- Ganopoulos I, Madesis P, Darzentas N, Argiriou A, Tsaftaris A (2012) Barcode High Resolution Melting (Bar-HRM) analysis for detection and quantification of PDO ‘Fava Santorinis’ (Lathyrus clymenum) adulterants. Food Chemistry 133 (2): 505-512. Doi.org: 10.1016/j.foodchem.2012.01.015
- Guide for the identification of cultivated landraces (2007) Conservation of extensive crops threatened by genetic erosion. Ministry of Rural Development and Food, p. 452 (in greek).
- Koutsika-Sotiriou M, Mylonas IG, Ninou E, Traka-Mavrona E (2010) The cultivation revival of a landrace: pedigree and analytical breeding. Euphytica 176: 15-24. Doi: 10.1007/s10681-010-0206-z
- Oybak Dönmez E (2005) Early Bronze Age Crop Plants from Yenibademli Höyük (Gökçeada), Western Turkey. Environmental Archaeology 10: 39-49.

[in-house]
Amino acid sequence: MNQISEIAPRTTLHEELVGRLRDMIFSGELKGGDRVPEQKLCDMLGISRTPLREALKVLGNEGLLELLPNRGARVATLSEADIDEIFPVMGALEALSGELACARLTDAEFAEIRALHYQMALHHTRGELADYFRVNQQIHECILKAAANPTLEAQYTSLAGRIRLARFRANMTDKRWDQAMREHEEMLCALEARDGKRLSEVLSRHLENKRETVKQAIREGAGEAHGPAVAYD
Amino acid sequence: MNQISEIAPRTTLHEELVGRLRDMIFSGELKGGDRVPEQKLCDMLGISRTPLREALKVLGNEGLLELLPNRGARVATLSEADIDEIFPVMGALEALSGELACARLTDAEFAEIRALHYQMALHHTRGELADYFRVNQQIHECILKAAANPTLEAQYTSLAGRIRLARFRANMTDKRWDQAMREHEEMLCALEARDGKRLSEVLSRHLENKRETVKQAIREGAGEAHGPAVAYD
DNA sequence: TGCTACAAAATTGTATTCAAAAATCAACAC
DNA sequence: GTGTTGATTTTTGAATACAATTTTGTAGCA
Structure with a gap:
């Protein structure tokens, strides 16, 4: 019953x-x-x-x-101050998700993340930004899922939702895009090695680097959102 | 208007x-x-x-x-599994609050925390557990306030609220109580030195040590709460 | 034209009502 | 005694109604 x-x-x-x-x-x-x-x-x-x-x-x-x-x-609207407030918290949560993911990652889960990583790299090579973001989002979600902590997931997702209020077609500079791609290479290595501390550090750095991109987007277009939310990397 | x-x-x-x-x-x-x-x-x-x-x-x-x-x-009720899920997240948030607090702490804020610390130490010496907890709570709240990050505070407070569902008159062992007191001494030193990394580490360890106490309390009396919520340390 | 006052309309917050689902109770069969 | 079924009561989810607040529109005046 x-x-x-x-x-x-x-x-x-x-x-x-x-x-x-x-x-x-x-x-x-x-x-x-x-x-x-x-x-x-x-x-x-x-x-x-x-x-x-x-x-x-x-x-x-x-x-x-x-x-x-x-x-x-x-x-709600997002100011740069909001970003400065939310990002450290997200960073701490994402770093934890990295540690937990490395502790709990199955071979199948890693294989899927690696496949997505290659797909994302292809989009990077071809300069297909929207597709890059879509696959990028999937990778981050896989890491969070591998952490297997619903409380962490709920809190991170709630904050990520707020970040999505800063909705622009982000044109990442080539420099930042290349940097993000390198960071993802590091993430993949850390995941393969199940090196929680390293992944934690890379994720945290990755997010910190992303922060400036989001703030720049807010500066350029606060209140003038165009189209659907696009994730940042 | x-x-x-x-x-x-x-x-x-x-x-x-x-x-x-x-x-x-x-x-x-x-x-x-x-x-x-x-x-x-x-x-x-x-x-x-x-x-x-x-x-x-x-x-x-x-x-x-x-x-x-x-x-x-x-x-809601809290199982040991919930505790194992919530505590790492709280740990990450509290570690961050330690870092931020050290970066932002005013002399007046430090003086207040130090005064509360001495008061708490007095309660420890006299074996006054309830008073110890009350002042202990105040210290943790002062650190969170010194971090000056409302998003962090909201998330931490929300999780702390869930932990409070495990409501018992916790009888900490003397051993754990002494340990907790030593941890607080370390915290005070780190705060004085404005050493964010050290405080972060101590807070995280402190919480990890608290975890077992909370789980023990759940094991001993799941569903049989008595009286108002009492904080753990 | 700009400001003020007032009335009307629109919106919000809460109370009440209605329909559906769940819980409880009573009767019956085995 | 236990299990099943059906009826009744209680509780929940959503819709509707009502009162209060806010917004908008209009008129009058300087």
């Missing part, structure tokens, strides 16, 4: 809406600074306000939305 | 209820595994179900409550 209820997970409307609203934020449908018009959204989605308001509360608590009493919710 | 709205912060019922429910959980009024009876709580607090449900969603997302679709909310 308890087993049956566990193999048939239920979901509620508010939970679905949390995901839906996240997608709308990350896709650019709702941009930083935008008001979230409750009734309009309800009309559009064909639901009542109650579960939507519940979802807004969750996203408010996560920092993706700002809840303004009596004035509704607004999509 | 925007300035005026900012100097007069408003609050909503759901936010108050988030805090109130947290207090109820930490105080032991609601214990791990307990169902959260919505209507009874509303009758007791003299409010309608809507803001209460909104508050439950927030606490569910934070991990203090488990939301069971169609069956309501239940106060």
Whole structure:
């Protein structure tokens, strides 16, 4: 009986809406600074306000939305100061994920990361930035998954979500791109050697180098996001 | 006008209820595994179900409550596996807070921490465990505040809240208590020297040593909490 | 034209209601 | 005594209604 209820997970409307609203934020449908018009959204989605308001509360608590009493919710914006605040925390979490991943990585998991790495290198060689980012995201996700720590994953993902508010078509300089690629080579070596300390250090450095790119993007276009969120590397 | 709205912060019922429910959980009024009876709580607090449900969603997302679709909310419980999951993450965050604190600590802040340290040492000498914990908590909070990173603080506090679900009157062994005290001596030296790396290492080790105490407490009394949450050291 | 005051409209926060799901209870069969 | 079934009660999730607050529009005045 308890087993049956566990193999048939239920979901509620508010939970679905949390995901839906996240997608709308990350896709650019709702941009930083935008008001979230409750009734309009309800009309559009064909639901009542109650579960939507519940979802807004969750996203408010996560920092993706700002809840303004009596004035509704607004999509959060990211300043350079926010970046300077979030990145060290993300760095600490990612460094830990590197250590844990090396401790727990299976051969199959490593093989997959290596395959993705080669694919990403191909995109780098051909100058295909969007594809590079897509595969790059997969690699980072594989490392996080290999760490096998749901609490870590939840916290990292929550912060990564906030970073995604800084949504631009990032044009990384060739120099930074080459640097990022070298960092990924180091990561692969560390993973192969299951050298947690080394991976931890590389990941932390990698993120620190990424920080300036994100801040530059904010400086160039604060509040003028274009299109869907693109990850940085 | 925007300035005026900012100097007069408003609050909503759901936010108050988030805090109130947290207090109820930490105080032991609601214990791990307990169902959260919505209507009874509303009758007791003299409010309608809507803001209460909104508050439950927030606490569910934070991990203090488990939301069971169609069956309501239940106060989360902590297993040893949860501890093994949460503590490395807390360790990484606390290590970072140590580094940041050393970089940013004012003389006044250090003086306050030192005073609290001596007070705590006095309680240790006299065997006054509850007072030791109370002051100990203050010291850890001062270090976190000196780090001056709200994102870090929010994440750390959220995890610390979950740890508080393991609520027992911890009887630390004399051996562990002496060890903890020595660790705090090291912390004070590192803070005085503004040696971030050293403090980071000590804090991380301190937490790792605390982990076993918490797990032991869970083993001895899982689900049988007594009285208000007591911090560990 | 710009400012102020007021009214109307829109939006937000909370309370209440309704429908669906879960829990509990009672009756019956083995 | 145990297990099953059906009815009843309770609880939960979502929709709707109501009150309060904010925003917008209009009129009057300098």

- Ranalli R, Cubero JI (1997) Bases for genetic improvement of grain legumes. Field Crop Res 53:69-82.
- Sarpaki A, Jones G (1990) Ancient and Modern Cultivation of Lathyrus clymenum L. in the Greek Islands. The Annual of the British School at Athens 85: 363-368. Doi: 10.1017/S0068245400015720
- Traka-Mavrona E, Ninou E, Mylonas I, Audikos I, Ralli P, Krommydas K, Koutsika-Sotiriou M, Vogiatzis D, Bletsos F, Drosou I, Tsivelikas A. (2015) Enhancemenet of the agronomic value of Santorinis’ landraces: ‘Tomataki’, ‘Fava’, ‘Zafora’, ‘Cappari’, ‘Aspri melitzana’. In: Report of the Hellenic Agricultural Organization-DEMETER, Thessaloniki (Greece), p. 84 (in Greek).
- Valamoti SM, Kotsakis K (2007) Transitions to agriculture in the Aegean: the archaeobotanical evidence. In: College Sue, Conolly James (eds). The origins and spread of domestic plants in southwest Asia and Europe. Left Coast Press, Walnut Creek, CA, pp. 76–92.